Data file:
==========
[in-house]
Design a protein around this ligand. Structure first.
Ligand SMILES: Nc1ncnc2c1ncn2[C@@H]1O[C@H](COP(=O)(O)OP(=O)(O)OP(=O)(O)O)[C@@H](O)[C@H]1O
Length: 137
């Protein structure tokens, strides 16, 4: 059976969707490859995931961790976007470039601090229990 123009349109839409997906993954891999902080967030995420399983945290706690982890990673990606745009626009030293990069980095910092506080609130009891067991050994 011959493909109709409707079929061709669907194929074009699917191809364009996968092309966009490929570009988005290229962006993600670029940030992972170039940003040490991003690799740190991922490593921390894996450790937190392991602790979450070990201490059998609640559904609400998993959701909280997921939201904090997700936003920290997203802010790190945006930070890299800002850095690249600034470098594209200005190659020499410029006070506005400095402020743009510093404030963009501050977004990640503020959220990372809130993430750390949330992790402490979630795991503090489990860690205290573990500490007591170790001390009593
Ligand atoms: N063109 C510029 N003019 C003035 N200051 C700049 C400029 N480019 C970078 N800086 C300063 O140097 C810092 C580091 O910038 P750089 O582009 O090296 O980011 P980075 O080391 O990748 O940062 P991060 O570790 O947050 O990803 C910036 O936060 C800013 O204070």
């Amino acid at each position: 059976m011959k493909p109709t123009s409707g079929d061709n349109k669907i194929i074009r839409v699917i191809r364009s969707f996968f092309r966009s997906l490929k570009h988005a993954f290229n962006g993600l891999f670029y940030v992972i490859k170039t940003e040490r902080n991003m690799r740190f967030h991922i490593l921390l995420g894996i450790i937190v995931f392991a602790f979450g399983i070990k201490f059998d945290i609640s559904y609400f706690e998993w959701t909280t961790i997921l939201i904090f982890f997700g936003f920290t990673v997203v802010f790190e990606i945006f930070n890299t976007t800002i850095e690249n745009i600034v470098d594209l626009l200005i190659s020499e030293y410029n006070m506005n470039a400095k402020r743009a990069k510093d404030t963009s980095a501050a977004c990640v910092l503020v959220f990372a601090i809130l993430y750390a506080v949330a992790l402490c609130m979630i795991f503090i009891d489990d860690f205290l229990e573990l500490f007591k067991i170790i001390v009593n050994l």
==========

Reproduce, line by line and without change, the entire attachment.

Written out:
[in-house]
Design a protein around this ligand. Structure first.
Ligand SMILES: Nc1ncnc2c1ncn2[C@@H]1O[C@H](COP(=O)(O)OP(=O)(O)OP(=O)(O)O)[C@@H](O)[C@H]1O
Length: 137
């Protein structure tokens, strides 16, 4: 059976969707490859995931961790976007470039601090229990 123009349109839409997906993954891999902080967030995420399983945290706690982890990673990606745009626009030293990069980095910092506080609130009891067991050994 011959493909109709409707079929061709669907194929074009699917191809364009996968092309966009490929570009988005290229962006993600670029940030992972170039940003040490991003690799740190991922490593921390894996450790937190392991602790979450070990201490059998609640559904609400998993959701909280997921939201904090997700936003920290997203802010790190945006930070890299800002850095690249600034470098594209200005190659020499410029006070506005400095402020743009510093404030963009501050977004990640503020959220990372809130993430750390949330992790402490979630795991503090489990860690205290573990500490007591170790001390009593
Ligand atoms: N063109 C510029 N003019 C003035 N200051 C700049 C400029 N480019 C970078 N800086 C300063 O140097 C810092 C580091 O910038 P750089 O582009 O090296 O980011 P980075 O080391 O990748 O940062 P991060 O570790 O947050 O990803 C910036 O936060 C800013 O204070």
């Amino acid at each position: 059976m011959k493909p109709t123009s409707g079929d061709n349109k669907i194929i074009r839409v699917i191809r364009s969707f996968f092309r966009s997906l490929k570009h988005a993954f290229n962006g993600l891999f670029y940030v992972i490859k170039t940003e040490r902080n991003m690799r740190f967030h991922i490593l921390l995420g894996i450790i937190v995931f392991a602790f979450g399983i070990k201490f059998d945290i609640s559904y609400f706690e998993w959701t909280t961790i997921l939201i904090f982890f997700g936003f920290t990673v997203v802010f790190e990606i945006f930070n890299t976007t800002i850095e690249n745009i600034v470098d594209l626009l200005i190659s020499e030293y410029n006070m506005n470039a400095k402020r743009a990069k510093d404030t963009s980095a501050a977004c990640v910092l503020v959220f990372a601090i809130l993430y750390a506080v949330a992790l402490c609130m979630i795991f503090i009891d489990d860690f205290l229990e573990l500490f007591k067991i170790i001390v009593n050994l």